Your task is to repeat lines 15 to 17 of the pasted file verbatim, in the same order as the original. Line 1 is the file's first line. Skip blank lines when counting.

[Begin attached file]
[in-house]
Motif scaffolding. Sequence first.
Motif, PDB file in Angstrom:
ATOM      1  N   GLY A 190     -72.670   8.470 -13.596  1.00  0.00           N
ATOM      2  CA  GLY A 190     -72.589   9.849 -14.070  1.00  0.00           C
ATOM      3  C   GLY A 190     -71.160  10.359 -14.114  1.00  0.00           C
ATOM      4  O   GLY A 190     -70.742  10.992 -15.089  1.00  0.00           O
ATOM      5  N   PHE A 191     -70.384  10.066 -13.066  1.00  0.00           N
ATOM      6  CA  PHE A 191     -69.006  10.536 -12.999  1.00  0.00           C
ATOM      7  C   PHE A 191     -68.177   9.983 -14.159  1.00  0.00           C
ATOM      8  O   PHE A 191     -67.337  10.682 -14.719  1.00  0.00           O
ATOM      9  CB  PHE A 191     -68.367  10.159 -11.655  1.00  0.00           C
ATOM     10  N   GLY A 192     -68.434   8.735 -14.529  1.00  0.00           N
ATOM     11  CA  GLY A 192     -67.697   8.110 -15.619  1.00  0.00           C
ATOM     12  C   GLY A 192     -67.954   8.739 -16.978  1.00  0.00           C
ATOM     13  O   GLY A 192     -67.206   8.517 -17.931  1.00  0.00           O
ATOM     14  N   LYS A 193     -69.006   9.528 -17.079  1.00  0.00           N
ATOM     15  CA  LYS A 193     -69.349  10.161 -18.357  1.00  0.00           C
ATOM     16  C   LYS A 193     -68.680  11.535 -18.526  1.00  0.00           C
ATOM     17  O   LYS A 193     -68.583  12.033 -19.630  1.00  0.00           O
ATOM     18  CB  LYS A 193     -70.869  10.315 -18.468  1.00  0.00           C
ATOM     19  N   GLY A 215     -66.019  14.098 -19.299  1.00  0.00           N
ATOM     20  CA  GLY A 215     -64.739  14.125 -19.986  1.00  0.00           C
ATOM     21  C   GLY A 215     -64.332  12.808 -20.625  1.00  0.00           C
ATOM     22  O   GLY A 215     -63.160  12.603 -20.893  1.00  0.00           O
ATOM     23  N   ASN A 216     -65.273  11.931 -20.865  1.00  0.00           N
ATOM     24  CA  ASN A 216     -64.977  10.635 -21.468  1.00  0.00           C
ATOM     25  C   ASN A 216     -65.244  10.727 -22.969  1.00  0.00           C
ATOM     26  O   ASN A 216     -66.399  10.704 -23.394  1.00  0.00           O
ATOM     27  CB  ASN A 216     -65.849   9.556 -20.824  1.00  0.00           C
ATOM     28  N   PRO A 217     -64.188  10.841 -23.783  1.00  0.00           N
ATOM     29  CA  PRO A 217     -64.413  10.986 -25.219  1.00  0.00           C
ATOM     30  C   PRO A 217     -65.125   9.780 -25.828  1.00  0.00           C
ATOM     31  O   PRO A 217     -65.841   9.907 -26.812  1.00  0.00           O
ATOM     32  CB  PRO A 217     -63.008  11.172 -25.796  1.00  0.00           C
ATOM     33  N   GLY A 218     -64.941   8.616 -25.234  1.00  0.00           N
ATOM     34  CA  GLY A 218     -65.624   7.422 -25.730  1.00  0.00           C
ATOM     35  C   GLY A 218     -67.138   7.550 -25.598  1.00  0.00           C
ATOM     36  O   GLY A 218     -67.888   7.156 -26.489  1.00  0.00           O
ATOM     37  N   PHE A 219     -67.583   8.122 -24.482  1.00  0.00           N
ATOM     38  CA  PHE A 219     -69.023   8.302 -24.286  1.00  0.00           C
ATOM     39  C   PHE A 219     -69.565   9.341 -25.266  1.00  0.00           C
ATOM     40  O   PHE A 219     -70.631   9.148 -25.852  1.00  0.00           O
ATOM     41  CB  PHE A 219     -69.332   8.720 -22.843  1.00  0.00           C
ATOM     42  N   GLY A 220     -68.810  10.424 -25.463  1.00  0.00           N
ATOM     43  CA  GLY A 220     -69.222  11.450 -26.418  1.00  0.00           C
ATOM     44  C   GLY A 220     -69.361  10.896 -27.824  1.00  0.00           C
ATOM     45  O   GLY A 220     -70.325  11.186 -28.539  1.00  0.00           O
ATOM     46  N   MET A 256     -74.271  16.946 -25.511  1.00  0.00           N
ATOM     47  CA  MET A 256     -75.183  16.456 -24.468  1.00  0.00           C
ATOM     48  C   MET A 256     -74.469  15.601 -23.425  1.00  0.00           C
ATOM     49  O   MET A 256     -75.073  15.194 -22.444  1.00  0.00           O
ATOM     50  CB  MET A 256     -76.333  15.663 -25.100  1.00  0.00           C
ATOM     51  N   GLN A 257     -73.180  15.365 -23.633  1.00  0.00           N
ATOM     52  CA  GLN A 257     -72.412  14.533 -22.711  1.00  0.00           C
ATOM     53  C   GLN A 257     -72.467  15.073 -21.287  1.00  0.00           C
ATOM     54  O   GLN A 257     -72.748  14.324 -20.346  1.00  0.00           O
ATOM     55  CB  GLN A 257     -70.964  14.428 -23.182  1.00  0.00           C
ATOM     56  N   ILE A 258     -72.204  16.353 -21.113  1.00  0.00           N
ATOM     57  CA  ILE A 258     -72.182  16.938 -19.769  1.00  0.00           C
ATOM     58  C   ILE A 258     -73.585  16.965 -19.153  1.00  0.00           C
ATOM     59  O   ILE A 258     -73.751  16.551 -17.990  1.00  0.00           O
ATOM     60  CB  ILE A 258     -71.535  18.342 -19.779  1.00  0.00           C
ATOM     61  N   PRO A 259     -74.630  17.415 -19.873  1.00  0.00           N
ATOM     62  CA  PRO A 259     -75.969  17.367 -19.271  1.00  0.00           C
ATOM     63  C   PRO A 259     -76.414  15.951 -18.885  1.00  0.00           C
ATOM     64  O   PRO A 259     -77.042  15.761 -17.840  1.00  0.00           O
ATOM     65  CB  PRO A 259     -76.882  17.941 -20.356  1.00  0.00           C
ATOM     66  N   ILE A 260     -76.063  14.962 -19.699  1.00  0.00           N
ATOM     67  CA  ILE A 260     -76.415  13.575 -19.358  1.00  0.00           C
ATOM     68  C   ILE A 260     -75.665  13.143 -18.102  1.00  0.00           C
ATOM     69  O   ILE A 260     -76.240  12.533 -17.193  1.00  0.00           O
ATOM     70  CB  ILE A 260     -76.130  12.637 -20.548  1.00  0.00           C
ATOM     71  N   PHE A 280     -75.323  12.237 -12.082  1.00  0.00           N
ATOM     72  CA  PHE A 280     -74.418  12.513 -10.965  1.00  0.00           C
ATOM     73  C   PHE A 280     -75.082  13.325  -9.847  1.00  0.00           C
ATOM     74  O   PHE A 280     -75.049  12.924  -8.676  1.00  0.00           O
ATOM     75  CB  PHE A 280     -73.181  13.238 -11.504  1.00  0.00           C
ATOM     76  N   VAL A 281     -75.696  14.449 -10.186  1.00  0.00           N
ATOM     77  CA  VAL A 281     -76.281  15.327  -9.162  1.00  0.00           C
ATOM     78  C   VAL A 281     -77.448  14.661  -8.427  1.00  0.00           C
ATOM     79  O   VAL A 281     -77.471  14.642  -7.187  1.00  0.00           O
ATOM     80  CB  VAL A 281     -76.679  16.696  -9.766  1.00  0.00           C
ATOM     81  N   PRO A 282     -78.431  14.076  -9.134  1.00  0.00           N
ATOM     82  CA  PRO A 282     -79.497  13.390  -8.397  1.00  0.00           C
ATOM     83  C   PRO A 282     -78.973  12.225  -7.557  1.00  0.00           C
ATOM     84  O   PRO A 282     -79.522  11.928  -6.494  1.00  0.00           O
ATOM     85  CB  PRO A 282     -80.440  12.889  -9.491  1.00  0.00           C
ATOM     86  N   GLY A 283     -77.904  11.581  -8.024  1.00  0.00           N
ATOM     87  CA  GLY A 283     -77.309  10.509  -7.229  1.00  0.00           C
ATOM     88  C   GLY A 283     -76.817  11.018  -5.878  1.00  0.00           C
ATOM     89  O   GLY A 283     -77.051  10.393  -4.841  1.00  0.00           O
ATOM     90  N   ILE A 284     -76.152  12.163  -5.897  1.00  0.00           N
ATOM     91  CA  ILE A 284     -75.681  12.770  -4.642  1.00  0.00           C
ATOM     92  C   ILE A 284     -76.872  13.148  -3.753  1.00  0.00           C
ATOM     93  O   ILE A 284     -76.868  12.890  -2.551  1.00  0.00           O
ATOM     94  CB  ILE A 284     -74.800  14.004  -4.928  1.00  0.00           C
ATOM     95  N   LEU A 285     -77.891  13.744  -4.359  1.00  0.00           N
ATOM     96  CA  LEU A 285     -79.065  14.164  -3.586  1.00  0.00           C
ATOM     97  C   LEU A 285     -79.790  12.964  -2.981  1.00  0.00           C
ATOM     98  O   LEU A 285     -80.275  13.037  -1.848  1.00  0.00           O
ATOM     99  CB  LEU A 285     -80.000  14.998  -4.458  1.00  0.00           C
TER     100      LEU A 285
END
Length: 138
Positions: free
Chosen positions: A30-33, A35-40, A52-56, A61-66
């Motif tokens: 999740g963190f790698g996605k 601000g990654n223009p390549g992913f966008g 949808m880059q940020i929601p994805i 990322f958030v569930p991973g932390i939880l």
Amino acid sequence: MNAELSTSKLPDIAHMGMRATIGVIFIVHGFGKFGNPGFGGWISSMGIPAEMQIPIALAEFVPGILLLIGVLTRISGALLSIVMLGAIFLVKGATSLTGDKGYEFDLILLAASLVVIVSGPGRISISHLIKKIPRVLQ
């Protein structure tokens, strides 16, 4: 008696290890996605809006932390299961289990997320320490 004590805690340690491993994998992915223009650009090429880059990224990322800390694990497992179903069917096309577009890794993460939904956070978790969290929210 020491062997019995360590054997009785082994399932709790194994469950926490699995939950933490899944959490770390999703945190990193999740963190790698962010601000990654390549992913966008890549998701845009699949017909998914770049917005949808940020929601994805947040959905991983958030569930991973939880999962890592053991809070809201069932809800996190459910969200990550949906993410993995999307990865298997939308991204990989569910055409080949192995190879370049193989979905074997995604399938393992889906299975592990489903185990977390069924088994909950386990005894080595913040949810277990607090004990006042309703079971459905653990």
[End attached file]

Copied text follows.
ATOM     12  C   GLY A 192     -67.954   8.739 -16.978  1.00  0.00           C
ATOM     13  O   GLY A 192     -67.206   8.517 -17.931  1.00  0.00           O
ATOM     14  N   LYS A 193     -69.006   9.528 -17.079  1.00  0.00           N